The University of Memphis sent a message to students saying a shooting had been reported near campus. Rhodes College, which is about 4 miles from the university, advised students on and off campus to take shelter in place. Kelly was eventually arrested about 11 miles from two campuses in the Memphis neighborhood of Whitehaven.
Before the arrest, Memphis police said on Twitter: “If you don’t want to go out, stay indoors until this is resolved.”
Police did not discuss a motive or release the identities of those killed or injured. Ali Roberts, assistant special agent in charge of the Bureau of Alcohol, Tobacco, Firearms and Explosives in Memphis, said the investigation was too early to discuss how the suspect got the gun or guns.
Memphis has been rocked by several high-profile murders in recent weeks, including the shooting of a pastor during broad daylight, the shooting of a worker during an argument over money, and
Memphis City Council member Chase Carlisle said on Twitter: “I understand how nice it feels to experience so much violence and evil in such a short period of time.” “We are so much more than that.”
In February 2020, Kelly, then 17, was charged as an adult with first-degree attempted murder, aggravated assault, a dangerous felony with a deadly weapon and using a firearm for reckless endangerment, Show court records.
Records show that he pleaded guilty to aggravated assault and was sentenced to three years in April 2021. The mayor said Kelly was released from prison in March, 11 months after his sentencing. Given the amount of time he spent waiting for his charges to be resolved, he probably got credit for the time he was given and was behind bars for more than two years.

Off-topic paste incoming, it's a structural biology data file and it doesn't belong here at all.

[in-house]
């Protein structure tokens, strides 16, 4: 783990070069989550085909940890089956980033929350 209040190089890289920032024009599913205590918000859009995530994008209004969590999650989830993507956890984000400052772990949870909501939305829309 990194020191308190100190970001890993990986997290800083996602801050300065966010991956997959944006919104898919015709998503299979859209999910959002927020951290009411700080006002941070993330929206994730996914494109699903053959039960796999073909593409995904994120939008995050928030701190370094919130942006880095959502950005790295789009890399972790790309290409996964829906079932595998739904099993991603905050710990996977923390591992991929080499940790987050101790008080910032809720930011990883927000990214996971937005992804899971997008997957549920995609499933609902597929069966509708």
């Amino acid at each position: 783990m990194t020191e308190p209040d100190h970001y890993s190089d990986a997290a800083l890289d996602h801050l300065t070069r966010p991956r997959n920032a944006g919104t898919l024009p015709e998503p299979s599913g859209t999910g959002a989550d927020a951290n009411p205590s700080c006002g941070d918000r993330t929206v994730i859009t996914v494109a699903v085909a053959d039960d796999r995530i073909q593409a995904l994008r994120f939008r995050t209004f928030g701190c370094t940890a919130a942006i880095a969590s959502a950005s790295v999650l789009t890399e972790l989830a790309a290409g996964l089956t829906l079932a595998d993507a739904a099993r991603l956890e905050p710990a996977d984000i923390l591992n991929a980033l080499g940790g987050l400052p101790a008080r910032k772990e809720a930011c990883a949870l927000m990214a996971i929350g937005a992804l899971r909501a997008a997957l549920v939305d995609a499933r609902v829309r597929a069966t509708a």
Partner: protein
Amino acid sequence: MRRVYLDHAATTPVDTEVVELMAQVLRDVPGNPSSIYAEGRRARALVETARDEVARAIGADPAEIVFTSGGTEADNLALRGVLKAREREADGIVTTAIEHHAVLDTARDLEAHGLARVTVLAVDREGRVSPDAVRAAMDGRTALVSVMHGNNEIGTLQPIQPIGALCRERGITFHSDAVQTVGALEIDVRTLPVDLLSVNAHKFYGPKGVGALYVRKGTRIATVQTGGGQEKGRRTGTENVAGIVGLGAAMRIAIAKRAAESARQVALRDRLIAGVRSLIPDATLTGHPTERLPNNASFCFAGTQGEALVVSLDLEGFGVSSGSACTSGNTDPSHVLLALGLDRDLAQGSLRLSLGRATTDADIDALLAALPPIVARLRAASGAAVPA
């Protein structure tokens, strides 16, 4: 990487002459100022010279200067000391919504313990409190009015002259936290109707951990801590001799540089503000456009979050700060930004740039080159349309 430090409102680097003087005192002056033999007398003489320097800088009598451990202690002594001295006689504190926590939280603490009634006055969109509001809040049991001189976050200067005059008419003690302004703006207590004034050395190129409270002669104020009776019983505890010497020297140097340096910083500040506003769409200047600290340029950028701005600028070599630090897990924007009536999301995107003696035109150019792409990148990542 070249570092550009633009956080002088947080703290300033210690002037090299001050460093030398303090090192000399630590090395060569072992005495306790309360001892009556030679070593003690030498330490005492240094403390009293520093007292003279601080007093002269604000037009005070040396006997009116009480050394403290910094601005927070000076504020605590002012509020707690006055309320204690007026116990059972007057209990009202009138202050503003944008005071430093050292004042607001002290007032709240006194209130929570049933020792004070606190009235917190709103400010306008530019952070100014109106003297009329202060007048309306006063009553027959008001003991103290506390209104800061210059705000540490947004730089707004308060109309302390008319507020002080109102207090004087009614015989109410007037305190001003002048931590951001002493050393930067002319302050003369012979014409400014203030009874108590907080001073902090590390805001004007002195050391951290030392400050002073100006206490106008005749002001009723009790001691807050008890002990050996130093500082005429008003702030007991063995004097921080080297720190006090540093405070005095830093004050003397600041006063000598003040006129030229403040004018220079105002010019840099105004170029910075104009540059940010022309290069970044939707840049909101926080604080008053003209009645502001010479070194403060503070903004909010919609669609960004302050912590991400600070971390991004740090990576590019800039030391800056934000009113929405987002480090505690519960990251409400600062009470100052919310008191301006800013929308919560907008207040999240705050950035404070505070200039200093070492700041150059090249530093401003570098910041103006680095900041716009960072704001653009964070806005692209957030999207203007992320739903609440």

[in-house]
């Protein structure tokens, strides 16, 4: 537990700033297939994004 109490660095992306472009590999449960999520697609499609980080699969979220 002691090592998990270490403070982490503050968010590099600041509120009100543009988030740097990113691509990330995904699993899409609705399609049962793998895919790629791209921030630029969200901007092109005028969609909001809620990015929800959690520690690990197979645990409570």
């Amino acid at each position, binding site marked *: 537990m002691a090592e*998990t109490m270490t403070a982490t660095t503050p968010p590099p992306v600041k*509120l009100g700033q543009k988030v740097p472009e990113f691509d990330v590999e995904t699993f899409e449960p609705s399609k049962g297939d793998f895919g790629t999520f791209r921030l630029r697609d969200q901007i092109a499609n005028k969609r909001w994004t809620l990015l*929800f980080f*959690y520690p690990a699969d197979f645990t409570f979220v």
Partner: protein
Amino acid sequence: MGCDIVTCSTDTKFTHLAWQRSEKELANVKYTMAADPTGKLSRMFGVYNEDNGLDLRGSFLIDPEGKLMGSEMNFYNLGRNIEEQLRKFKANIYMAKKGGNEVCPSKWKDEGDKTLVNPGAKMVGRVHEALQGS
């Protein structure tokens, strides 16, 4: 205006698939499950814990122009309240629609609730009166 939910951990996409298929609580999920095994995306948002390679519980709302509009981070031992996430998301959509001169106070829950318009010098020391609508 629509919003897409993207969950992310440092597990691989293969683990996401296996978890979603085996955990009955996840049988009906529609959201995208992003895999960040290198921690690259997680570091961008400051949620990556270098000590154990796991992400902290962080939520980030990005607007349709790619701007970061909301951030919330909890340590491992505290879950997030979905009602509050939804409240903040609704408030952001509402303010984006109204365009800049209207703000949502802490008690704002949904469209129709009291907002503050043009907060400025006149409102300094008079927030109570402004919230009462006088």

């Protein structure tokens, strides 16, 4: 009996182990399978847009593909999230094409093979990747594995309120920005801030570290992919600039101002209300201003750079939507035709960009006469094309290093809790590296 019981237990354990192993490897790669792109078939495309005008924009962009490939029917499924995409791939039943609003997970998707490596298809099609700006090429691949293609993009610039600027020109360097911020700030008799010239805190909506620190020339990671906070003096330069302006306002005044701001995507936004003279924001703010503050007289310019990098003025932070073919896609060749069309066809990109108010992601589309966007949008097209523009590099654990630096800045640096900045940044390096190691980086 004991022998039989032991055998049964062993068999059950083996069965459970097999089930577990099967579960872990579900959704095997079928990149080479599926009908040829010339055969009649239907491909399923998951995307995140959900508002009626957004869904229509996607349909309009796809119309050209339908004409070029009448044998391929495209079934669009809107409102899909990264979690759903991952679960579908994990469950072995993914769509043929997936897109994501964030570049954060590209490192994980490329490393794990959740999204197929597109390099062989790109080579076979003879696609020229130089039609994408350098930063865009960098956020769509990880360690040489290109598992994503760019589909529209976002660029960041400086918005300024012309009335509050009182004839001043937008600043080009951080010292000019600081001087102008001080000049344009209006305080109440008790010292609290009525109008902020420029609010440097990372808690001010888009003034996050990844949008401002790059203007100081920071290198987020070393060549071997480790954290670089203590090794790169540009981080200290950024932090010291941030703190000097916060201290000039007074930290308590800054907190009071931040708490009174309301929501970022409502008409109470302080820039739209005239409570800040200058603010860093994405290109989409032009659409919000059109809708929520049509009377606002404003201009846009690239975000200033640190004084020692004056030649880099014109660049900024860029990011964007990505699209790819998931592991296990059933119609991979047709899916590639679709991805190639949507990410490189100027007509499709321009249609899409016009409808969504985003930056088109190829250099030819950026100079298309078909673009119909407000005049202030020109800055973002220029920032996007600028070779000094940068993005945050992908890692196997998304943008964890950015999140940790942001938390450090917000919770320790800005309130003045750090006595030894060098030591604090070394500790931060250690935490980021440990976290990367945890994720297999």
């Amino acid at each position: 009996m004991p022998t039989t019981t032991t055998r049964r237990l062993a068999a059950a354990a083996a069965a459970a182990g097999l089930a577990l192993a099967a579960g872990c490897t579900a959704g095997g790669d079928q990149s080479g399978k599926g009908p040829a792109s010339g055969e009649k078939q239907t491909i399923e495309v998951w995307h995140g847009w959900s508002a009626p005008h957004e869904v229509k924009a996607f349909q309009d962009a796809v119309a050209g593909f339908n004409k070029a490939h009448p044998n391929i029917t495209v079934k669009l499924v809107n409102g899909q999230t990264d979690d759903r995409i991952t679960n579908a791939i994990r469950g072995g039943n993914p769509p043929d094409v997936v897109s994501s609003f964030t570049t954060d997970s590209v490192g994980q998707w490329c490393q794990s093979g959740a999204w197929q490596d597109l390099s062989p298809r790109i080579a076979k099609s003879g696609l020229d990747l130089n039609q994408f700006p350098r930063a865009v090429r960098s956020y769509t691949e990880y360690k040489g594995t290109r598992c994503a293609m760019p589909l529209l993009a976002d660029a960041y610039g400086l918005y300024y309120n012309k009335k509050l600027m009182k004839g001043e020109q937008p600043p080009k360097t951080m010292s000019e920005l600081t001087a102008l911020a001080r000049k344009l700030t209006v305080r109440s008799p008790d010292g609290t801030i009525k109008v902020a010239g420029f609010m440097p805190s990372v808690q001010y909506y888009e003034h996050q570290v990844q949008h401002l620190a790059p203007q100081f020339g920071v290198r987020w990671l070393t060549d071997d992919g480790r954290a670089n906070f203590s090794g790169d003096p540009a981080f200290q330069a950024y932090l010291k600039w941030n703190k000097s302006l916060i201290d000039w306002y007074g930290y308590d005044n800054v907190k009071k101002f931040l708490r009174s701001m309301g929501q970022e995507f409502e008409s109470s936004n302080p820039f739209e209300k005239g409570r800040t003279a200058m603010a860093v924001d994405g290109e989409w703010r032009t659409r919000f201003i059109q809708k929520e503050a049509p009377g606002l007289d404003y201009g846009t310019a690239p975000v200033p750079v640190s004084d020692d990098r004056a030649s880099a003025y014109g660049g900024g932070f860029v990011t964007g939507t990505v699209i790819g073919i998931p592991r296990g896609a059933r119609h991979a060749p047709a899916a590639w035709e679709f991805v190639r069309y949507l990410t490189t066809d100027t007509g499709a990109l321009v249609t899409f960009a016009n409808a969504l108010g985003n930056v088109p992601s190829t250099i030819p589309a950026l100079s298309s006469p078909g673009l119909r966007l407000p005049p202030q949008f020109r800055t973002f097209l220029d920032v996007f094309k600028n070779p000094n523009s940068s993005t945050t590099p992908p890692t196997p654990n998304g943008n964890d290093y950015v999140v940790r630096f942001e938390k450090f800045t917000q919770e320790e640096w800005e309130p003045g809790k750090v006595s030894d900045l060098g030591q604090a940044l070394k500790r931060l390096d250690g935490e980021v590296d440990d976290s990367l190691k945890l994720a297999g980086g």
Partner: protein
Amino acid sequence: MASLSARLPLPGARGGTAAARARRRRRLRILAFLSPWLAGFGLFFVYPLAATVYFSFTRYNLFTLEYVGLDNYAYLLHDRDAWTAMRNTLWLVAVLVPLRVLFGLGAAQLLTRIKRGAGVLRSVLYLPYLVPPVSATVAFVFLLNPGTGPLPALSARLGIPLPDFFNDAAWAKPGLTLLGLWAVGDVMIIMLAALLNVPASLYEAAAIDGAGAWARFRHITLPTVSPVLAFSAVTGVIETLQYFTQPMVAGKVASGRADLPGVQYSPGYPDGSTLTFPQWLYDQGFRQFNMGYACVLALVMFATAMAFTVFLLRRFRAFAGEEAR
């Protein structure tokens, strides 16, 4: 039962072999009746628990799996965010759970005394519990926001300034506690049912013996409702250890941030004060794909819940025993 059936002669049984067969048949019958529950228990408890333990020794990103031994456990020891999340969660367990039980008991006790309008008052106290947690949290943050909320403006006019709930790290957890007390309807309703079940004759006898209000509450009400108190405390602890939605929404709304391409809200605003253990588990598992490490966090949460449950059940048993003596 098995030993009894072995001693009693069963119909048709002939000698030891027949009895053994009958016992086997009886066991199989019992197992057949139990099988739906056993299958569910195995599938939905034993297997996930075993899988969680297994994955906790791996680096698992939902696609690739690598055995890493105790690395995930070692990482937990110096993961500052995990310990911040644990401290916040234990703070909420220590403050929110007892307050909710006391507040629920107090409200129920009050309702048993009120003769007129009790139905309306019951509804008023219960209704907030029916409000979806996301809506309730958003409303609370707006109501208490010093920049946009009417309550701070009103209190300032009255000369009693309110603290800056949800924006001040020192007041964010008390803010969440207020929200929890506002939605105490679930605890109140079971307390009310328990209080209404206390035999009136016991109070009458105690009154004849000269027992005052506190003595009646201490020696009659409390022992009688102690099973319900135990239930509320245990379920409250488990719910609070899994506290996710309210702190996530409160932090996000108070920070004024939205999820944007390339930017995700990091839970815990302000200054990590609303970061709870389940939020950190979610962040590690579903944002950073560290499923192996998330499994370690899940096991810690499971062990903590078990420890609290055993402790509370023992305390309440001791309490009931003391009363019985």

Strickland thanked legislators for closing a revolving door this year by passing Tennessee’s “truth in punishment” law. The statute, which took effect after Kelly was freed, requires serving full sentences for various felonies, including attempted first-degree murder, driver intoxication, and vehicular homicide as a result of carjacking.
“Three years from now means three years for a furious attack,” the mayor said. “We need courts and additional state laws to stop this revolving door and I need the public to have their voices heard by those decision makers.”
Next to him were Shelby County District Attorney Steve Mulroy, a fellow Democrat who was elected in August after arguing that sentencing laws do not reduce crime or help rehabilitate incarcerated people, and Tennessee’s prisons. Increases budget. Republican Governor Bill Lee, who favors criminal justice reform, allowed the measure to become law without his signature.
“I don’t want to get into a long policy debate tonight. I think tonight is a night to grieve and come together and express concern about this terrible week we’ve had. I can say normally What I’m saying all along – repeat violent criminals require a strong response,” Mulroy said.
Mulroy then reiterated his call for a holistic approach, including rehabilitation as well as longer sentences, so that people leave prison with the skills needed to avoid returning to a life of crime.